Saturday, October 24, 2009

Fleurs du Mal, and my RPG playing

I have decided to create a new personal website. It was more than time for that: my current website was created in 2000, and only slightly changed afterwards. It uses frames. That's right, frames. I wrote it in plain html, there is no CMS, and it was so annoying to keep up to date that I more or less stopped updating it years ago. So now I'm building a new site using the Drupal CMS. I have it more or less set up, and all I have to do is add content. (Click here for a preview. Don't link to it; the URL is going to change.)

Because of this, I am searching my hard drive, and finding unfinished products everywhere. One that impresses me is Fleur du Mal, an adaptation of Clinton R. Nixon's brilliant (and mostly free) RPG The Shadow of Yesterday. One of the best parts of TSoY is the way you gain experience. All characters have "keys" that describe for what kind of stuff that character gets experience. All keys also have a way you can buy them off, and buying them off gives you even more experience, which you will then generally use to (among other things) buy a new key. This way, the player decides what is important for her character, and also has a reason to strive for character transformation.

For instance, take the Key of the Pacifist:
  • Gain 1 XP for every adventure in which your character does not commit any violence.
  • Gain 2 XP every time your character does not commit violence even though it causes her minor harm or inconvenience.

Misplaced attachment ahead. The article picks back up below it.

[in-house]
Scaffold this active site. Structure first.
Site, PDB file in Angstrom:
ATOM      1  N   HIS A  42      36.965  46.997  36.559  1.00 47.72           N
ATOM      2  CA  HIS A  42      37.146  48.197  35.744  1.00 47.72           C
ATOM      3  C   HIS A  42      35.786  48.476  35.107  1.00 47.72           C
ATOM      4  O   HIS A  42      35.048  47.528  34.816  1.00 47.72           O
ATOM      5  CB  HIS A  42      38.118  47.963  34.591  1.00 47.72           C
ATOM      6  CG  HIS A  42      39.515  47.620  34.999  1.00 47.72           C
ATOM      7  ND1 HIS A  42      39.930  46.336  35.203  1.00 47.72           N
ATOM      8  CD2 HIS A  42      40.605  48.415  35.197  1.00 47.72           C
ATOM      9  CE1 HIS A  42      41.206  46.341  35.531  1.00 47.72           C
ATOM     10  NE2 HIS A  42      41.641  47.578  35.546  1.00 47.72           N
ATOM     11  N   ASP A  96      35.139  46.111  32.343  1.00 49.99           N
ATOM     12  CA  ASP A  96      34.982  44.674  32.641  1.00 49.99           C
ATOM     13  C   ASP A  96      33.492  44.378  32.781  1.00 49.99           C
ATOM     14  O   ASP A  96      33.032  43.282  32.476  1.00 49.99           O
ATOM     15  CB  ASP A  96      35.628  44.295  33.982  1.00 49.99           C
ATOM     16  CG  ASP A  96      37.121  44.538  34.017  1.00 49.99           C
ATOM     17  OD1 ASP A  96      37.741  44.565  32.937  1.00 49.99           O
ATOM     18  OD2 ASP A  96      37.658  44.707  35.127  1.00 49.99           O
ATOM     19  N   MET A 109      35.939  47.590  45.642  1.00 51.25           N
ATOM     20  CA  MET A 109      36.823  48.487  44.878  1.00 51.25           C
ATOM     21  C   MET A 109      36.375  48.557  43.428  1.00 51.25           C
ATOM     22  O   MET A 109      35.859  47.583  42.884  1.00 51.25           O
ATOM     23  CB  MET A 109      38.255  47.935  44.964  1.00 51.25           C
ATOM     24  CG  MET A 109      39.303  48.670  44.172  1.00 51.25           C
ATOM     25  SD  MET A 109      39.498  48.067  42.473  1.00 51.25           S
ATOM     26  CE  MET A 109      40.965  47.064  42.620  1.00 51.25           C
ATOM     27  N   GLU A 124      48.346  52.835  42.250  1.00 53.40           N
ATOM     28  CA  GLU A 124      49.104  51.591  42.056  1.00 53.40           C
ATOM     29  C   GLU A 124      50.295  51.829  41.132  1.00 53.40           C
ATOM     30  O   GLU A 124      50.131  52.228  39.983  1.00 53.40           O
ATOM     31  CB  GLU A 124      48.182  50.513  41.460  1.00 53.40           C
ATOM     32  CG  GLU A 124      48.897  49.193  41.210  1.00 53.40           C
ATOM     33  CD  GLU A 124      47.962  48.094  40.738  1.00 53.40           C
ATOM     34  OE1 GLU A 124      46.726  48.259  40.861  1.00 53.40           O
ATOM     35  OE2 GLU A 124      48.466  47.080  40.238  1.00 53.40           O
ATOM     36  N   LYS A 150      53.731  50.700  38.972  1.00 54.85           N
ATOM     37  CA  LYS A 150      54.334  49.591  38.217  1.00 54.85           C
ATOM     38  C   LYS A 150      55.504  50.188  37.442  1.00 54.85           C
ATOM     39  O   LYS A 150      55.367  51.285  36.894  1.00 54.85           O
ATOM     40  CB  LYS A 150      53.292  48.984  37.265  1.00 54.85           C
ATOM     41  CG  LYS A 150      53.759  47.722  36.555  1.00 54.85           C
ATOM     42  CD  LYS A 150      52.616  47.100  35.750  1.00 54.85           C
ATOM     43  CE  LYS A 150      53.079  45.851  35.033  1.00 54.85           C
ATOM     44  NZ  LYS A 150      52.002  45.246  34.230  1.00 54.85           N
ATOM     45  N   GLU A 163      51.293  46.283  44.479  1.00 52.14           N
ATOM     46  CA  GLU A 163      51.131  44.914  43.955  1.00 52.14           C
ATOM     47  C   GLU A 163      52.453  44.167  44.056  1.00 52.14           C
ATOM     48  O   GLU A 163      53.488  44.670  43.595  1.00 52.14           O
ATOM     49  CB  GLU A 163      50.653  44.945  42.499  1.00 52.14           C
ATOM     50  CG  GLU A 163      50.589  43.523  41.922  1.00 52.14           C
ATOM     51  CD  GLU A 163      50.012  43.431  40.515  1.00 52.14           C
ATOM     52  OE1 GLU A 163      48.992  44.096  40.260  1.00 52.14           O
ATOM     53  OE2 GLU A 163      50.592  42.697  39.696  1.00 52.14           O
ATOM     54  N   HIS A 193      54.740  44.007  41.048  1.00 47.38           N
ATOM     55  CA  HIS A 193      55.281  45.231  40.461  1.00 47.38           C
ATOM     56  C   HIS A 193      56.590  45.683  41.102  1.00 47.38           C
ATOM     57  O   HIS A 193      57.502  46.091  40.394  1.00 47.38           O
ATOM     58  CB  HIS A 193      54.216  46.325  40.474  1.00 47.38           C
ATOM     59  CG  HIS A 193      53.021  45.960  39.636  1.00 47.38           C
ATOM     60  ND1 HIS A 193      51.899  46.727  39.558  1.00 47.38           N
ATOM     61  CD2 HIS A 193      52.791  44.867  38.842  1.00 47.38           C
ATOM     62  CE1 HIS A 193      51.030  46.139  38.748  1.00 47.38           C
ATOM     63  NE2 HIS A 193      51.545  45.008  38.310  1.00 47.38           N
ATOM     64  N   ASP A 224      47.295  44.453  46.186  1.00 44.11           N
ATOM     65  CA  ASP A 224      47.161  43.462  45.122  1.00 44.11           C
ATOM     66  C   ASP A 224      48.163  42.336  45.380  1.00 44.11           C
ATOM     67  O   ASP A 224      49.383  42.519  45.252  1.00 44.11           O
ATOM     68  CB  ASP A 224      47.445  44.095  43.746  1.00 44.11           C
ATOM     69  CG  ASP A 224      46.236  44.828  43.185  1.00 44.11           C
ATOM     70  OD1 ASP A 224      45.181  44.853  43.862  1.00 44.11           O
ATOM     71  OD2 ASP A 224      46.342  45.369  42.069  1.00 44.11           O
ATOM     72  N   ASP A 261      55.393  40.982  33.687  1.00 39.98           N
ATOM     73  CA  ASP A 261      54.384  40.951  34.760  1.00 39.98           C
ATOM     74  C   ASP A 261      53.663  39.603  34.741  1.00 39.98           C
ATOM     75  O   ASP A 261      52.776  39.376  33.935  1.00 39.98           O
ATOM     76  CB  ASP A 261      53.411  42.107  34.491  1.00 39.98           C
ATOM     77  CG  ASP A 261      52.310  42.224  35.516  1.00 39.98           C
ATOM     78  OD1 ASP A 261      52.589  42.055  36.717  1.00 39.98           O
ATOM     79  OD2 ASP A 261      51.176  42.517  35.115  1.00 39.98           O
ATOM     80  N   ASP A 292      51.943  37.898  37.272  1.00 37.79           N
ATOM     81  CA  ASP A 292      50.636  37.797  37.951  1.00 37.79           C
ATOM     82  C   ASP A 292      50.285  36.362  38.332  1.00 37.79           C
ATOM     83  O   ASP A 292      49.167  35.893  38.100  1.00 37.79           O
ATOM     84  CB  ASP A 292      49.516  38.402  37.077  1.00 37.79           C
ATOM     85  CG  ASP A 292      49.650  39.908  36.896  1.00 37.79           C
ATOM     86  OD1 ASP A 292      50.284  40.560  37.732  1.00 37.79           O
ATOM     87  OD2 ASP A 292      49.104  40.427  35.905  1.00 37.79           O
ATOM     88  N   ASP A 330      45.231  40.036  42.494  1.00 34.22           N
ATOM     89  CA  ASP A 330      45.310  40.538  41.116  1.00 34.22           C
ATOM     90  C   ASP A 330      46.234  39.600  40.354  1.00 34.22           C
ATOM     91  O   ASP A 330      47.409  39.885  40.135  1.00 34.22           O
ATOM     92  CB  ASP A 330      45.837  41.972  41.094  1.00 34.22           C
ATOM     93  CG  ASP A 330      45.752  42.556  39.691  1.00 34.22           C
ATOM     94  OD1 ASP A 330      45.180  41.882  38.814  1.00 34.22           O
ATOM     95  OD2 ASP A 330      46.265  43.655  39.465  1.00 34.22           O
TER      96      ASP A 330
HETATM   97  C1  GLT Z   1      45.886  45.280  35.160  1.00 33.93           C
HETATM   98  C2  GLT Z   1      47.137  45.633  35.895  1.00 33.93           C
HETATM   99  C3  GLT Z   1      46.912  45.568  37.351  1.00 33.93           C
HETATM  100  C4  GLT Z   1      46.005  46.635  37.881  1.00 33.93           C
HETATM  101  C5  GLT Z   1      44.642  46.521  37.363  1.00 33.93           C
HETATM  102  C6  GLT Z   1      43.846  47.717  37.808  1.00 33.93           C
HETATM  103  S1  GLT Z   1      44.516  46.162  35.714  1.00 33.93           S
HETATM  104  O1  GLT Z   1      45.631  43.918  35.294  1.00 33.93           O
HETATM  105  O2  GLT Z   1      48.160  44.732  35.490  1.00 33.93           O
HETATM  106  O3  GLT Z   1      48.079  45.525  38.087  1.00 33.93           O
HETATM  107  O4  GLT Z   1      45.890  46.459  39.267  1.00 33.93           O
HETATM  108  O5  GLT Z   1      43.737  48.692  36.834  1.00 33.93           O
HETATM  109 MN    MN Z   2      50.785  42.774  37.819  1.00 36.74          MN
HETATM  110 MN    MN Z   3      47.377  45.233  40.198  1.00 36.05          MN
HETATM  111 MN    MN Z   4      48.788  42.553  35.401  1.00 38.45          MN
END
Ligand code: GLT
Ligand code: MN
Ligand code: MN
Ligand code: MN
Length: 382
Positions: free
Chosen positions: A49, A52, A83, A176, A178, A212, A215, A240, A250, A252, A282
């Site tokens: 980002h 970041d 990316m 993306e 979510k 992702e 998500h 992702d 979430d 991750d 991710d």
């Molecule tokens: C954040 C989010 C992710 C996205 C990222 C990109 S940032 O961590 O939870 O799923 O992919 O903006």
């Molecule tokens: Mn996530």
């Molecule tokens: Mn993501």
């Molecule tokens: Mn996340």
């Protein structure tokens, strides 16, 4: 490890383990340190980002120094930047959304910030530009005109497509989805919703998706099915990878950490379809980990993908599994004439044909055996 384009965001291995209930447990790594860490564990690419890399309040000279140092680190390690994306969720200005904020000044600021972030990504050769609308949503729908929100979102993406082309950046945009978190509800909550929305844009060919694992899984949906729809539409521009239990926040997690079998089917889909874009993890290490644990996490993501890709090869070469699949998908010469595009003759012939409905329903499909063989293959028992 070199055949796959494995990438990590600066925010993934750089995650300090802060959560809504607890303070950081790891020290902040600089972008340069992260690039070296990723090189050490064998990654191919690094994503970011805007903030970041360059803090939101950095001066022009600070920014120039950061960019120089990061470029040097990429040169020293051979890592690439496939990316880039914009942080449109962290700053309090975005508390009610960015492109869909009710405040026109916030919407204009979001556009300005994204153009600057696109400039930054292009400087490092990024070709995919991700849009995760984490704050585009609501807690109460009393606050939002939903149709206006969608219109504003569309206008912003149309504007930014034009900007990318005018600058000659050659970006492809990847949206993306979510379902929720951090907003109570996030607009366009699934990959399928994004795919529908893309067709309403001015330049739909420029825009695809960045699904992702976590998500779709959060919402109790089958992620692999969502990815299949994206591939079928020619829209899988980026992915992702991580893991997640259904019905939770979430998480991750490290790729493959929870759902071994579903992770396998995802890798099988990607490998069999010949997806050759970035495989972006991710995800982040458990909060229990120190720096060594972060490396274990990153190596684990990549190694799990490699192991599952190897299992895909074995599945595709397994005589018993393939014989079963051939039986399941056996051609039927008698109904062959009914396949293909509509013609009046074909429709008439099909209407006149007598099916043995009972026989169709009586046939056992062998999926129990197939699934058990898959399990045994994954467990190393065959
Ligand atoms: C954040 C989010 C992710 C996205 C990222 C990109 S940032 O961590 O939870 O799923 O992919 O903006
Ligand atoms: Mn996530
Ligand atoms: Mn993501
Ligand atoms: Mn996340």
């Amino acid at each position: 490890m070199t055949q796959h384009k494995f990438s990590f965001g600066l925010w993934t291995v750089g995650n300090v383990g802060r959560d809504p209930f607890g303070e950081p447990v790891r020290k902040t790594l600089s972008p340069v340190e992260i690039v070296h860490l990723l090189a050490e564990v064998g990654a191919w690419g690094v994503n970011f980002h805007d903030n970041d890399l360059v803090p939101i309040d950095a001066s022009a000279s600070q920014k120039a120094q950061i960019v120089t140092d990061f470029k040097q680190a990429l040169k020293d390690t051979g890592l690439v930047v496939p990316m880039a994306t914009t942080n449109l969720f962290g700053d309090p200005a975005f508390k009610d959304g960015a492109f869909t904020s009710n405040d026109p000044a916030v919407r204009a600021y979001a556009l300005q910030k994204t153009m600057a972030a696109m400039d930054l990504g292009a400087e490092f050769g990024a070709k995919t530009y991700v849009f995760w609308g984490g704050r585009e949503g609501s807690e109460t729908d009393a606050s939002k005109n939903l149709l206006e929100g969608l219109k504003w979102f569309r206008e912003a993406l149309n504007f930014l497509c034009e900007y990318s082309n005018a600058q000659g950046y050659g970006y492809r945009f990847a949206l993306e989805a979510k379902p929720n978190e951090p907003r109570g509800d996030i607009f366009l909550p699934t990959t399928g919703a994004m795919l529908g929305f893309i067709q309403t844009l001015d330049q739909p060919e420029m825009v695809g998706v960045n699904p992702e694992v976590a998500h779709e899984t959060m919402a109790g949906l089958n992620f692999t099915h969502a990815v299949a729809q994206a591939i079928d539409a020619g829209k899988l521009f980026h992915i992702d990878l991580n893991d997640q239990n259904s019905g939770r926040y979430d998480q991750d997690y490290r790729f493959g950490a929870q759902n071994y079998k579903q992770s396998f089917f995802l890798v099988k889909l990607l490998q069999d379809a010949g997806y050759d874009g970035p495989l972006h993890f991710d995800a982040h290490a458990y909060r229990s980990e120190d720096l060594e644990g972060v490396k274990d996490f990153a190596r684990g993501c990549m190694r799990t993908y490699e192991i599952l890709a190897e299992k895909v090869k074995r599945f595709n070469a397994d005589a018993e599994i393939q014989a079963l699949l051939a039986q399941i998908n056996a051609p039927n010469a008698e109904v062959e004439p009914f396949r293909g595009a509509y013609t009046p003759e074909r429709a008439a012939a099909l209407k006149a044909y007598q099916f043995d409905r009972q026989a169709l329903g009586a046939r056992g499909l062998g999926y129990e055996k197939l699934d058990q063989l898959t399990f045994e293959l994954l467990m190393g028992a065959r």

• Gain 5 XP every time your character does not commit violence even though it causes her great harm.
  • Buyoff: Purposefully harm another sentient creature.
Choosing this key will make you eager to find situations where pacifism will get you into trouble, and it leaves open the possibility of whether you will cling to it or not. Fantastic.

Anyway, I wrote a supplement (which I then forgot about and never tested) called Fleurs du Mal.

A decadent ruling class has dominated the people for centuries with their malevolent magics, while they chased after mental and physical gratification, played deadly games of intrigue and betrayal, and tried to forget their desperate, secret craving for love. But now society is in turmoil, for many among the commoners have suddenly developed a resistance to the manipulatory powers that made them into obedient slaves. Revolution sweeps the city and angry hordes bent on revenge have surrounded the Emperor's vast castle where high and low nobility alike have taken refuge.